Proposal would allow facilities to be named after big donors, and would give corporate advertising access to classrooms
By Tim Redmond
JUNE 12, 2015 – The San Francisco School Board is considering changing its nationally acclaimed policy on commercial-free schools and allowing big corporations access to students — and permitting school facilities to carry the logos and names of major donors.
Think Mark Zuckerberg Auditorium and Ron Conway High School.
The changes were on the agenda for the June 9 meeting, but discussion was tabled at the last minute, I’m told, after Board Member Jill Wynns informed the superintendent that she vehemently opposed the plan.
The current rules, which have been copied by districts all over the country, ban most forms of commercial advertising and the use of corporate logos on school facilities.
Under the resolution, the district would affirm that “partnerships, investments, and endorsements by “individuals, private businesses, and organizations deserve recognition for their contribution and support to SF Schools” and “will allow recognition of a donor via naming of a school building or other similar recognition within SFUSD facilities.”
There’s more: The proposal would “allow the use of individual, corporate, or business logos and names on SFUSD facilities or properties for the purposes of recognition of donations or sponsorship.”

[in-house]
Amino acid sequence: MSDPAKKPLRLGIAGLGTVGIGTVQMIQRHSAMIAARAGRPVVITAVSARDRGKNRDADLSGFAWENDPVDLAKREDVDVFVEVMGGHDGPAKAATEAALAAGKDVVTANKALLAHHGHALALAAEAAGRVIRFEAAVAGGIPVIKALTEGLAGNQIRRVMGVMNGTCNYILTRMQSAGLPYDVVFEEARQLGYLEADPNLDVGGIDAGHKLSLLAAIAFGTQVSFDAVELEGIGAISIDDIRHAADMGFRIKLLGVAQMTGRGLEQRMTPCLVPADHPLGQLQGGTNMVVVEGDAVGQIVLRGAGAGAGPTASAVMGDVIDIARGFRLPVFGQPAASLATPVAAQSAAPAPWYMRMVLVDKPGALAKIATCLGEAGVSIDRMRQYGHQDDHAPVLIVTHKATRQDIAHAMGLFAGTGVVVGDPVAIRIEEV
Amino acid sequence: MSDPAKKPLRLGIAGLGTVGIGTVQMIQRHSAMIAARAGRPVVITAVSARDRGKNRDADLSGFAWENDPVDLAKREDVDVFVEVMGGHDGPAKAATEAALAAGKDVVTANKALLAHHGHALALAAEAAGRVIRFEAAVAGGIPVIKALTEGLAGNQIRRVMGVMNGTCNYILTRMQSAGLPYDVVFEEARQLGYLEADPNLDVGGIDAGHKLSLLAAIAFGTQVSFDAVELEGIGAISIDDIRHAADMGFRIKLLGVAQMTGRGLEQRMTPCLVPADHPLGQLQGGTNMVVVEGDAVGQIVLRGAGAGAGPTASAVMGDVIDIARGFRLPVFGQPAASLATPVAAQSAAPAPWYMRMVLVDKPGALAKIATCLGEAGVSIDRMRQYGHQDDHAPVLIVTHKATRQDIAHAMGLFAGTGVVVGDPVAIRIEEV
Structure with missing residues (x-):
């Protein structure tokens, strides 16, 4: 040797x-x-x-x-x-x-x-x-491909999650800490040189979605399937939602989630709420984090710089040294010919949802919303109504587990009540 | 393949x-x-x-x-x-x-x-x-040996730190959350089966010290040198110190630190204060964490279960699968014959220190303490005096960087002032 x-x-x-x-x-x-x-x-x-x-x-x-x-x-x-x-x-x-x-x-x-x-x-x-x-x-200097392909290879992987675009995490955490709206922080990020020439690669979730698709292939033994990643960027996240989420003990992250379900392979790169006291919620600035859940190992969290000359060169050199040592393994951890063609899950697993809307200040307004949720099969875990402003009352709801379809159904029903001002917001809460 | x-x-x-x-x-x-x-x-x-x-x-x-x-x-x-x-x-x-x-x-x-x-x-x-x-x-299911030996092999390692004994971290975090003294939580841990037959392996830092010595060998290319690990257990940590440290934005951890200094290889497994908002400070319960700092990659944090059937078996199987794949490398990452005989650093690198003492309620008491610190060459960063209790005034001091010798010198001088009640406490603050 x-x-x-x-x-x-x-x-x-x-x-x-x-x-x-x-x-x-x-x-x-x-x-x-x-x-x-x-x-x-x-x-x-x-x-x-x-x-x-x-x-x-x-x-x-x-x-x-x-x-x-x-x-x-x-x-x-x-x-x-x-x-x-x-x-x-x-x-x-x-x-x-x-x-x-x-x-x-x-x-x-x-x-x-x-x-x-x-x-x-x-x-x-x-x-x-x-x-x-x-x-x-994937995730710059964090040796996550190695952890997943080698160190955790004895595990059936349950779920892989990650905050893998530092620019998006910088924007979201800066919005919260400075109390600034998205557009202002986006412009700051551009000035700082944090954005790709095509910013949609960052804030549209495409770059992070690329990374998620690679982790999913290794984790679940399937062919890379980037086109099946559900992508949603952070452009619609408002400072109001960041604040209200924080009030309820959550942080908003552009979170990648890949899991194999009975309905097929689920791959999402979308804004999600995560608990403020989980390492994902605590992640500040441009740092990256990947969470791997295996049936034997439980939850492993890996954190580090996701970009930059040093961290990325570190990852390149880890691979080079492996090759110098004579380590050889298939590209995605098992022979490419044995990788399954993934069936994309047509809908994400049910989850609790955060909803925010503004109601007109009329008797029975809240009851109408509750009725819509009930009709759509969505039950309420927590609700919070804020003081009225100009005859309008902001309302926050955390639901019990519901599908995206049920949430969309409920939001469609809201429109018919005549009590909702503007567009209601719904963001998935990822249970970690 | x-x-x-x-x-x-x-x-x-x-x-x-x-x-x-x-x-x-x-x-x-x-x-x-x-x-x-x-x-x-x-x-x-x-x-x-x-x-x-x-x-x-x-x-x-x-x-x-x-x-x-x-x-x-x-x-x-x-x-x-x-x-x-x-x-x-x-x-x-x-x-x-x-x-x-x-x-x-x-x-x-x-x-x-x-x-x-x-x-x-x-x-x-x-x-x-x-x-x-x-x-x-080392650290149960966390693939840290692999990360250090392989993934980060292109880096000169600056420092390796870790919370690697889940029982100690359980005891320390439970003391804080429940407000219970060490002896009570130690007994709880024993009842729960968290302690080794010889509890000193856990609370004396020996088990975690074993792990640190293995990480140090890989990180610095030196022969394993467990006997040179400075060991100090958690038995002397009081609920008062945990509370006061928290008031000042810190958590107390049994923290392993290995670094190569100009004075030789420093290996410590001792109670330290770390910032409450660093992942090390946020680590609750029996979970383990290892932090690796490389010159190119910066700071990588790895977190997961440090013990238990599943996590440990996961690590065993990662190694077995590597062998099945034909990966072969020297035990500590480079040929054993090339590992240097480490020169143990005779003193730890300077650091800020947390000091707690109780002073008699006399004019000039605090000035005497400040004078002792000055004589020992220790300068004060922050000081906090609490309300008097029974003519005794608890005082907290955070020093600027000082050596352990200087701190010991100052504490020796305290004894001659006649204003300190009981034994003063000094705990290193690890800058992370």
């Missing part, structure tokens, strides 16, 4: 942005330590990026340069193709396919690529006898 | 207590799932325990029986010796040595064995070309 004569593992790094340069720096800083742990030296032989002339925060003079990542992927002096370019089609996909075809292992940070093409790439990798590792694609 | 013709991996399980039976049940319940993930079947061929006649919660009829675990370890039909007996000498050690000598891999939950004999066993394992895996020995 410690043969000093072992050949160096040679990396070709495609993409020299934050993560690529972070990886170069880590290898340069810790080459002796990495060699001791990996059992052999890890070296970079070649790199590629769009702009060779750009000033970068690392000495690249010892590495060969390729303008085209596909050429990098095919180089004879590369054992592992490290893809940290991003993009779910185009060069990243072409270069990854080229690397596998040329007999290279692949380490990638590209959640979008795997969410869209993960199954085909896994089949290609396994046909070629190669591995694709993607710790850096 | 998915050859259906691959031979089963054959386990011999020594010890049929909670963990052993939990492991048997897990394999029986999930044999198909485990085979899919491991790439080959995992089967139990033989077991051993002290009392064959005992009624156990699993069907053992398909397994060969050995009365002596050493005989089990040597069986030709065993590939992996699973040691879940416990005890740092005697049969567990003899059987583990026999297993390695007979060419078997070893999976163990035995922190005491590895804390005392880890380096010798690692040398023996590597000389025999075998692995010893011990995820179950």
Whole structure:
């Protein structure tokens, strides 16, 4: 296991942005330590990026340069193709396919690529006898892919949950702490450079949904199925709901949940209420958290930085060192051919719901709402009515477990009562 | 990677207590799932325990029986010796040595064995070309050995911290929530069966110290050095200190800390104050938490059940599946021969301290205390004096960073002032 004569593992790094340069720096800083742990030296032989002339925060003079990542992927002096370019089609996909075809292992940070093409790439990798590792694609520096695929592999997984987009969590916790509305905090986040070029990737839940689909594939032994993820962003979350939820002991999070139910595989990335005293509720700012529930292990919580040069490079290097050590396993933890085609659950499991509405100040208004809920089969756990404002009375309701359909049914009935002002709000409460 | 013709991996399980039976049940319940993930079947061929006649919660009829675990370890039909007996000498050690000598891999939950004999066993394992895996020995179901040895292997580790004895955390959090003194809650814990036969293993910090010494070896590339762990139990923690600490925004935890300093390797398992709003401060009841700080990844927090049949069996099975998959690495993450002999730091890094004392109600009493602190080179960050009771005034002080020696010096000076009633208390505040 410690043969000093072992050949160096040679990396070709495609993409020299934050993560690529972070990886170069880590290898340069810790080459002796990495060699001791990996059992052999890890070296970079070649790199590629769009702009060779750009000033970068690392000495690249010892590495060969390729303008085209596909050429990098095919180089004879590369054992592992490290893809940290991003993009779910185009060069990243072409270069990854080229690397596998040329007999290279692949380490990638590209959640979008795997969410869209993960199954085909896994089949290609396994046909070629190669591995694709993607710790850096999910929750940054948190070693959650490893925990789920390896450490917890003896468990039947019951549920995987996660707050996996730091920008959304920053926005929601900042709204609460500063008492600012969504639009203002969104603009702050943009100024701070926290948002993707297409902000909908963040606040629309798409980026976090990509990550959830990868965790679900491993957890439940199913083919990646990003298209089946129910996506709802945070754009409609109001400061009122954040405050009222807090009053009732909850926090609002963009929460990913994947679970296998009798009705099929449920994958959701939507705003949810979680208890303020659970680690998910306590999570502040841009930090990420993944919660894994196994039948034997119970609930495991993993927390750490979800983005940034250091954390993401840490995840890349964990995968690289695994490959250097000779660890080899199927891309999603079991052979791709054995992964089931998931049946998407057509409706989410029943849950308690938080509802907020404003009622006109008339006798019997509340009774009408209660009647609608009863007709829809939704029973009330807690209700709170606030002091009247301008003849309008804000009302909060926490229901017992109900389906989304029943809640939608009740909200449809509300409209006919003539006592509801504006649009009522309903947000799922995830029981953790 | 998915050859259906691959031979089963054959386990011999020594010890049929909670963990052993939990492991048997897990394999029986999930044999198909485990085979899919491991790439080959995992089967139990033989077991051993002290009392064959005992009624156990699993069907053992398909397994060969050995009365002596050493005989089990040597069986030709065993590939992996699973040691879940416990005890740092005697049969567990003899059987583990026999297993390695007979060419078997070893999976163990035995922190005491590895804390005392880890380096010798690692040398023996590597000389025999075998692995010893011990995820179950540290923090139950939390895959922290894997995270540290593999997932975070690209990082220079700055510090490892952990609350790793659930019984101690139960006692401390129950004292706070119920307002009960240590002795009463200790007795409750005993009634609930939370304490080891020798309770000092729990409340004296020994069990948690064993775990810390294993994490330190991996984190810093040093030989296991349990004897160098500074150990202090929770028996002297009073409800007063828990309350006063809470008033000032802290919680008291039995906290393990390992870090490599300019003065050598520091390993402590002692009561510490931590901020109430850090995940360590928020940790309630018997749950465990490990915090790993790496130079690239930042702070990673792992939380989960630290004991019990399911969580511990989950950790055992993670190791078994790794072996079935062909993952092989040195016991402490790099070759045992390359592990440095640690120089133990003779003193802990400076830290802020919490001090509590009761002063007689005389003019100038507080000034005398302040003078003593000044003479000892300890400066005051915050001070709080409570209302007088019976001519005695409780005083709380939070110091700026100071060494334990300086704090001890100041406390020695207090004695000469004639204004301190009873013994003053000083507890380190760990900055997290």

So Apple could plaster its logos all over the district in exchange for a few computers.
More: The plan would “allow district personnel to notify students and families of opportunities by private or for-profit companies that support our districts mission.” That means direct advertising support for corporations in exchange for money. It means teachers could be told to promote the latest I-Pad or the use of Twitter.
It’s a huge, huge step away from the way district policy has handled advertising and commercialism for years.
The measure seeks to justify the increased featly to the rich and big corporations by saying that the schools are underfunded and the district needs the money.
Which is infuriating to anyone who has followed tax policy in the nation and the state in the past 40 years.
There’s a reason the schools are underfunded: Prop. 13 gave commercial property owners and corporations a huge tax break. The tax cuts for the rich under Reagan and Bush have allowed people like Conway, Zuckerberg, and other billionaires to amass huge fortunes without paying anything close to their fair share of taxes.
And now these wealthy royalty want to hand the peasants a few dollars, in exchange for all of us genuflecting, naming our schools after them, and letting them sell their products to kids.
The district’s public-relations office didn’t respond to my questions about whethetr the superintendent supports this.
None of the board members seem interested in talking about this, although Sandra Fewer left me a message saying she had been “briefed on it by Hydra [Mendoza],” who is both a School Board member and the mayor’s education advisor. The agenda shows Mendoza and Shamann Walton as sponsors.
Which means there’s probably a connection between this concept of selling off school facilities and names and Mayor Lee, who is a fan of “public-private partnerships” and spends a lot of time courting the tech industry.
Margaret Brodkin, a longtime public-schools advocate, told me that the proposal is “outrageous. The district would take a measure designed to protect our kids from commercialism and twist it into the opposite of that.
“It’s a reflection of what’s going on in the country, where we are starving the public sector and giving our institutions over to private corporations.”